Uonotana Fish Market - heard of it? Perhaps not.
However, you may have heard of the famous Tsukiji Fish Market in Tokyo. Well, outside the capital city there are local fish markets scattered all over Japan. They may be lesser-known, but most are well worth visiting.
And there's a big benefit if you do - you won't see any foreign tourists. Certainly, you'd be hard pushed to find any in Uonotana Fish Market in Akashi.
Uonotana Fish Market: Seafood Heaven In Akashi
by Rob Dyer
A small port on the Seto Inland Sea
Akashi is a small port city (although it feels more like a town) in Hyogo Prefecture on Honshu, between Kobe and on the way down the Seto Inland Sea coastline towards Himeji.
VIDEO: A Walk Around Uonotana Fish Market
Five minutes walk from JR or Sanyo Akashi train stations, Uonotana Fish Market has an array of fish and seafood stalls.
For more than 400 years the locals have been fishing off the Akashi Straights and selling their wares in a local fish market.
The 'Fish Shelf'
Uonotana (literally 'fish shelf') Fish Market is a riot of colour - both from the advertising banners hanging from the ceilings, and from the vast array of fish and seafoods on the stalls below.
If you're in this region and its fresh seafood you're after, or you just want soak up the sights and sounds of an authentic Japanese fish market, this is where you'll find it.
Unlike its famous, and larger, Tokyo counterpart Tsukiji Fish Market, you'll hardly ever see a foreign tourist here.
Daily trading starts at 3:30am
The market supplies restaurants in Kyoto and Kobe with fresh fish daily with wholesale trading at the market starting as early as 3:30am on weekdays.
As the catch is fresh daily, you can expect to see the fish, octopus, crabs and other shellfish for sale still alive.
Sample sashimi straight from the stalls
There's an extensive selection of sea food available to buy, and (also like Tsukiji), there are plenty of places locally where you can sample sashimi straight from the market stalls.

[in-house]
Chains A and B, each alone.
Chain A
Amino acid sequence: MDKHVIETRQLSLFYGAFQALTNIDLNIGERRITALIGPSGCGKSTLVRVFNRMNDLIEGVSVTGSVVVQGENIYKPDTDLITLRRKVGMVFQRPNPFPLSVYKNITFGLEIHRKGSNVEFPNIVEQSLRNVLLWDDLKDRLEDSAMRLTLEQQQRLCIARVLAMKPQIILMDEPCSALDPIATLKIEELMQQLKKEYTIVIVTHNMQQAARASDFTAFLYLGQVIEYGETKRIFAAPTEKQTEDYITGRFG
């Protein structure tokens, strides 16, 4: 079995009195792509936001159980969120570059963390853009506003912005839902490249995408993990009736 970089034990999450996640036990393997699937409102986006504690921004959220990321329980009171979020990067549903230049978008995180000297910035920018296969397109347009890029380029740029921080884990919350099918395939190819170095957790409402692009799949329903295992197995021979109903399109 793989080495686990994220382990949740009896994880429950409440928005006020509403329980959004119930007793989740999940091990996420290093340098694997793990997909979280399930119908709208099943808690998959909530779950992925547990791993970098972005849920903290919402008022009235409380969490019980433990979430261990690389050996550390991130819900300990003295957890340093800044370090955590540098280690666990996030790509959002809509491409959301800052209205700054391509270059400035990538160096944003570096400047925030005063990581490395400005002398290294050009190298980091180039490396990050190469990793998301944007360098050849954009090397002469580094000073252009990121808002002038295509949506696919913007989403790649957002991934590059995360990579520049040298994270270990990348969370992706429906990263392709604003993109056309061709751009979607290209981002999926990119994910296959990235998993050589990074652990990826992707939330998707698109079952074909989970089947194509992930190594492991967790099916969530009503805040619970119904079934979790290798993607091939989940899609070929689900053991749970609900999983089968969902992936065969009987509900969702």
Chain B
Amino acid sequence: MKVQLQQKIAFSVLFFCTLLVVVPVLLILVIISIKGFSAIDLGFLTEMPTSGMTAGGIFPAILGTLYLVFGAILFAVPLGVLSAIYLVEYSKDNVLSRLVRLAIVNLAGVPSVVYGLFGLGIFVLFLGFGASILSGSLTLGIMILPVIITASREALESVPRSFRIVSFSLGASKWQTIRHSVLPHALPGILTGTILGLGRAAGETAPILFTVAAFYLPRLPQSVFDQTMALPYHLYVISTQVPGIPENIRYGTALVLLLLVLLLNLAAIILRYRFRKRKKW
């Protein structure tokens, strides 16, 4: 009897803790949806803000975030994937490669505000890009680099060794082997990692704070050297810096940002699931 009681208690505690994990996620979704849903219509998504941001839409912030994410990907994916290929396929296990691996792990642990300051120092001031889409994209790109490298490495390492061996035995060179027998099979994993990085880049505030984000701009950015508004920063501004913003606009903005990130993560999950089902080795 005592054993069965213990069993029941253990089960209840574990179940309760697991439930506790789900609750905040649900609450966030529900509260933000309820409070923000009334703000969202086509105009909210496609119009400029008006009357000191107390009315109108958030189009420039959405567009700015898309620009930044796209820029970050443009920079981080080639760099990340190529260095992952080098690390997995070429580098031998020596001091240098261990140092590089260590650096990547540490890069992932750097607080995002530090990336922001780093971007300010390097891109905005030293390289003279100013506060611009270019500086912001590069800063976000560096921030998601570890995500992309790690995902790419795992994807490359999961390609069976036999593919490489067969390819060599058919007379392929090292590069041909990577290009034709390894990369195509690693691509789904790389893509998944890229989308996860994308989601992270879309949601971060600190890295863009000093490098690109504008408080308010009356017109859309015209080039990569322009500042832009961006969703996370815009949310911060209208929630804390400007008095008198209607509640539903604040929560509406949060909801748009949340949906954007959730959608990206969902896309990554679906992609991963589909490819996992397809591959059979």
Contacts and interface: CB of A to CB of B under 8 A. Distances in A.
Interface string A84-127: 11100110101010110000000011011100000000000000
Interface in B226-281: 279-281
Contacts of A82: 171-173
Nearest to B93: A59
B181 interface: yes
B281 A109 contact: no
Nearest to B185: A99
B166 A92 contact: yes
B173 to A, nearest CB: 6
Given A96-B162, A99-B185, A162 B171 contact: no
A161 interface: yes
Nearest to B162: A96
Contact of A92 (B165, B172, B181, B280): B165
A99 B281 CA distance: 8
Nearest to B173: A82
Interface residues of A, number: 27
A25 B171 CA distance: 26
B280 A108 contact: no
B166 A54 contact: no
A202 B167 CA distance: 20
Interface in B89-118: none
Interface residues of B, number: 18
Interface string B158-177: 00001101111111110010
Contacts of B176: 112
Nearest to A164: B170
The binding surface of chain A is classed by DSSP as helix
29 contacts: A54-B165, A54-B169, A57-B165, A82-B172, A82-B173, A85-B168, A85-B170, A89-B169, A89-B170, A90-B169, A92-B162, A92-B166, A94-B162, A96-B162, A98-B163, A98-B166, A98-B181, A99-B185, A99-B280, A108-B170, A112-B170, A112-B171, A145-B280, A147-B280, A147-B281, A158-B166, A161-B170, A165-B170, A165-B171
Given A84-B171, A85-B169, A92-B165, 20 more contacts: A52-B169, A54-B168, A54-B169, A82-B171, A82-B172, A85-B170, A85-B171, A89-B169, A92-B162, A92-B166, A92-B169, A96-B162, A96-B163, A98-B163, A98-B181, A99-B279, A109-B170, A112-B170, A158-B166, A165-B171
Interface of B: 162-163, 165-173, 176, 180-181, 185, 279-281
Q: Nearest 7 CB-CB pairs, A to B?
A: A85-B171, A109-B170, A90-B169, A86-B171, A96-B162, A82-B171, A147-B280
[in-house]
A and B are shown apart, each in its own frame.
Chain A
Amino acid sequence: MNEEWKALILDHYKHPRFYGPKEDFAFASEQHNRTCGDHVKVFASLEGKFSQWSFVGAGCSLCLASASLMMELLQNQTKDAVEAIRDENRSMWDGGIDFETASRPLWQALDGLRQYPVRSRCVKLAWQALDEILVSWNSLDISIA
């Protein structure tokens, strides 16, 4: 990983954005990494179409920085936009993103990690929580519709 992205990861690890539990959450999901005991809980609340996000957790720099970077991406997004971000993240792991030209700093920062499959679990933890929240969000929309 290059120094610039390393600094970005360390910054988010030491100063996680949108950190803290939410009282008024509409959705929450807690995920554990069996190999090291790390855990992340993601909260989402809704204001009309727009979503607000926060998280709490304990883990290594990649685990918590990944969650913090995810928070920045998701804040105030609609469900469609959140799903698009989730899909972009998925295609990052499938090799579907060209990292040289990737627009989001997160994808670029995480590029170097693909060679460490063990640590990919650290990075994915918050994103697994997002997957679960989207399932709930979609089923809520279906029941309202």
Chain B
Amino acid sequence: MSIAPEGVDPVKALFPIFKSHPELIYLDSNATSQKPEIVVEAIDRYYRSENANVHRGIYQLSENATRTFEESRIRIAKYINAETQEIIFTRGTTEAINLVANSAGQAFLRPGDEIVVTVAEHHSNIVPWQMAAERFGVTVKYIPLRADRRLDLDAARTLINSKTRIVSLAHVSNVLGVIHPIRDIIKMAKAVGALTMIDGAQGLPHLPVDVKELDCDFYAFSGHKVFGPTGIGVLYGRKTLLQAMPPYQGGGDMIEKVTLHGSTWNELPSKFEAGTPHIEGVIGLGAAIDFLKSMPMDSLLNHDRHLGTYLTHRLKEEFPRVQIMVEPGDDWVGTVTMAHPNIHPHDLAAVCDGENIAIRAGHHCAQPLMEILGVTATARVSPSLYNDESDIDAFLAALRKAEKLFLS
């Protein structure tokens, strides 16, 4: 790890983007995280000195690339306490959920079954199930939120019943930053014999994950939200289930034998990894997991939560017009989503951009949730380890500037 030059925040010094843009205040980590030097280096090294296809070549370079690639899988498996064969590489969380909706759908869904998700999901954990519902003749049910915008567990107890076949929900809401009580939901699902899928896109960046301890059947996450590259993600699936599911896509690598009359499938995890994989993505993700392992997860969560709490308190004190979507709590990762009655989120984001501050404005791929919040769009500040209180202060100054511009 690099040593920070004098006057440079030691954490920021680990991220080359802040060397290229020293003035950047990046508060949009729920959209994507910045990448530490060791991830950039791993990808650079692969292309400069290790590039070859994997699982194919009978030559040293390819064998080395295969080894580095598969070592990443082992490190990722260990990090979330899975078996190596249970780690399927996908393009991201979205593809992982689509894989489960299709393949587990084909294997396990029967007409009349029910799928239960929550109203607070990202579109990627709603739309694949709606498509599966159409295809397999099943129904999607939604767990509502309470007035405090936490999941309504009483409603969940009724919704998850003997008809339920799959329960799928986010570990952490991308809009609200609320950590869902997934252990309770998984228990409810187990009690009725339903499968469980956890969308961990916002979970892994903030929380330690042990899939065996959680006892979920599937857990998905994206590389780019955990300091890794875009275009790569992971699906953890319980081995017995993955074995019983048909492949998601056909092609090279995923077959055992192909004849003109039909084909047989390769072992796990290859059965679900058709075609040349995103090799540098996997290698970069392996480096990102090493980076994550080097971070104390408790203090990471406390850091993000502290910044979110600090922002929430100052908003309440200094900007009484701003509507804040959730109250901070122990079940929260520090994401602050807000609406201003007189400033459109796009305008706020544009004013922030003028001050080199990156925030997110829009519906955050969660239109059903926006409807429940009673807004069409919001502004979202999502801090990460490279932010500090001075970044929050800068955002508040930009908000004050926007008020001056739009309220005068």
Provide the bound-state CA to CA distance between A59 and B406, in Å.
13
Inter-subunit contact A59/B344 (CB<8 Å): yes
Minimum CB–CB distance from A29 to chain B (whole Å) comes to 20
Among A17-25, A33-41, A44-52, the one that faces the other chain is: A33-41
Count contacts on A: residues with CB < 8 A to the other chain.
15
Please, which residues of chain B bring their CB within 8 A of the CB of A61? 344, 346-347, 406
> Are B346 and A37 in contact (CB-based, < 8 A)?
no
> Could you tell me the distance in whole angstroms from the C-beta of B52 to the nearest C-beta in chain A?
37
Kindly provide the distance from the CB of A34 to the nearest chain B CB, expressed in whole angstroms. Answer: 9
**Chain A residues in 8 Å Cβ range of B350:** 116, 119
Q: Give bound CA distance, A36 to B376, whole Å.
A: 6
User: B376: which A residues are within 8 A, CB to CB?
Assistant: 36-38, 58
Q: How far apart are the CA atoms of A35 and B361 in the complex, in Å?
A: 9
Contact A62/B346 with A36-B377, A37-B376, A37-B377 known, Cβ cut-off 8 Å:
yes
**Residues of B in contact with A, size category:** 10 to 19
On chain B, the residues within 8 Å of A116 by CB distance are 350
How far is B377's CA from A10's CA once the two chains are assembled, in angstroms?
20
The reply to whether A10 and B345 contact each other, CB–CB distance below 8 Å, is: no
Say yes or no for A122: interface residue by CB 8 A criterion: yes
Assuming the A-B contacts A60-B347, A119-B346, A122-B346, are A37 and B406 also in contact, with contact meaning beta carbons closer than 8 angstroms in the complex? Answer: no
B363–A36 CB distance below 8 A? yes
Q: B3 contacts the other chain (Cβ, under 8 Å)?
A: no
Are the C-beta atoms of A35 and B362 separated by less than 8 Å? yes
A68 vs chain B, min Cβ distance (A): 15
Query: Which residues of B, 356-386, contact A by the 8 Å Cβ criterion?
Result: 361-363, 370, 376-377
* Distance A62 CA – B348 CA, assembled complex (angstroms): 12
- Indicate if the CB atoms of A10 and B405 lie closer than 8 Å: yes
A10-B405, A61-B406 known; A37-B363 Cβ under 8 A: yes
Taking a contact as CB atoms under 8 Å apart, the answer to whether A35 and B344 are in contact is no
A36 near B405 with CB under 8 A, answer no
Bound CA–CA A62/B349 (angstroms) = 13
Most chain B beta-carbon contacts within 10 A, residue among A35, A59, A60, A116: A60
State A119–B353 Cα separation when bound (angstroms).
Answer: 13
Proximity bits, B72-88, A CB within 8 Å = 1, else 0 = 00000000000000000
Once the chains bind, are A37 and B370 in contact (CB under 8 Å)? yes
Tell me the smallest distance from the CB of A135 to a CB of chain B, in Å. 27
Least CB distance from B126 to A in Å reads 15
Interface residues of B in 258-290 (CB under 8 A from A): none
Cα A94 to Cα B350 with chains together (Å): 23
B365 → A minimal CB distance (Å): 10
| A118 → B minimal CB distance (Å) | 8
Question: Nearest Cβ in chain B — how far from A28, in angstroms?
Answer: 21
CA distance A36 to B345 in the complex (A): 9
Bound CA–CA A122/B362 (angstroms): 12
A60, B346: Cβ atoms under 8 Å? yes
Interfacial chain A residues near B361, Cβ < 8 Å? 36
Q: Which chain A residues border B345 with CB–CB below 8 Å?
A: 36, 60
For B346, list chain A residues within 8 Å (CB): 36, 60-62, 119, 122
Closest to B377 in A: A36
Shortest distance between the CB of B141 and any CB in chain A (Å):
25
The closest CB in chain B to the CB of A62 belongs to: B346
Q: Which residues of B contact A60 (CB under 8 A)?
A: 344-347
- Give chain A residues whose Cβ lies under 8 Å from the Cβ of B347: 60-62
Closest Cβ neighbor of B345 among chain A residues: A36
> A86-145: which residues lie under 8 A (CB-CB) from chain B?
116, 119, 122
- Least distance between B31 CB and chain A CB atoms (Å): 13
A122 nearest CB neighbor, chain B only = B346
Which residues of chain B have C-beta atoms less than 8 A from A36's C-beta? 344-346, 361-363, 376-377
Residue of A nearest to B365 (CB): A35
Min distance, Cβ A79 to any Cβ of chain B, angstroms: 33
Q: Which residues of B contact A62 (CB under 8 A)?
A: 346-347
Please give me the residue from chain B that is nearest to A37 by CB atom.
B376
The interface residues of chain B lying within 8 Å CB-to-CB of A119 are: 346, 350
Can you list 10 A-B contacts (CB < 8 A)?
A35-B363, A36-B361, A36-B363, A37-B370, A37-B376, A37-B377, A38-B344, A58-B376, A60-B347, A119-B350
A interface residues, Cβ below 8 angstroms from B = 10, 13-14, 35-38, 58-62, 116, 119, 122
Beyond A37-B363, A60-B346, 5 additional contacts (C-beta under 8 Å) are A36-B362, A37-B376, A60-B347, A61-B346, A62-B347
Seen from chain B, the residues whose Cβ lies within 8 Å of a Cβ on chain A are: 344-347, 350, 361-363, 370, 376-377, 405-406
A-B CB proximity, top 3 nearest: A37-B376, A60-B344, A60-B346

Prices are clearly displayed on everything and although they don't get many non-Japanese tourists here, with a bit of very basic Japanese, some pointing and a few smiles you can bag yourself some of the finest seafood in Japan.
A suggested day itinerary
As mentioned above, Akashi can be found between Osaka or Kobe and Himeji. All three of these cities are worth visiting and are close enough by rail or car that you could include any one of them and a trip to Uonotana Fish Market in the same day.
Aside from Uonotana itself, Akashi is also worth taking a closer look at.
Here's a few suggestions for places in and around Akashi that I would include in a day itinerary:
Soaking up the smells
Alternatively, just wander around Uonotana Fish Market and soak up the smells, the noise, the cry of the market stall vendors. It's a feast for the nose, eyes and ears as well as the stomach.
Have you been to a fish market in Japan? What did you think of it? Post a comment below - I'd love to hear about your experiences.
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About the Author
A writer and publisher from England, Rob has been exploring Japan’s 6,800 islands since 2000. He specialises in travelling off the beaten track, whether on remote atolls or in the hidden streets of major cities. He’s the founder of TheRealJapan.com.
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How to Get Here
Address: Akashi-shi Honcho 1 - chome 1-16, Akashi
Access: 3 minutes walk from JR Sanyo Main Line Akashi Station
Open: 08:00 - 18:00
Closed: No regular holiday
Tel: +81 078 911 9666
Website: http://www.uonotana.or.jp/ (google translated from Japanese)
· Take west line 2 towards JR Akashi Station toward Sanyo Akashi Station
· Hanshin Expressway → 2nd Shinmei Okuratani IC descend and head toward JR Akashi Station, Sanyo Akashi Station.
· Take east to Line 2 toward JR Akashi Station, Sanyo Akashi Station
· Exit the 2nd Shinmei Ichigaya IC to JR Akashi Station toward Sanyo Akashi Station
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In Akashi, there is also the ferry (Awaji Jenova line) to go on the Awaji Island, very close of the Naruto themed park !
Thanks for sharing the tip Aurore. I wasn’t aware of that ferry.
What a fun time Rob. When Kelli and I get over to Asia again we will definitely keep Japan on our mind because there is so much culture there. I can just feel the place through your pictures and words. Japan genuinely is unlike any other country in the world and this fish market really drills that point home. Such an authentic feel to the place. Fabulous post.
Thanks Ryan – you make a good point about the authenticity of places like this in Japan.
That’s a big part of what drives The Real Japan: once you’re away from the obvious tourist spots there are countless places like this that, if you want to feel like a local and not a tourist, when you immerse yourself in them you experience something entirely different to 90% of other travellers.
Thanks for the knowledgeable article. I appreciate your suggestions and tips which you have mention.Keep writing informative articles.
Thank you for taking the time to read the article.
I love the history of Billinsgate market, so am honoured you have read and valued the article and left a comment.
If you’re planning to visit Japan and want tips on great fish markets to visit along the way get in touch!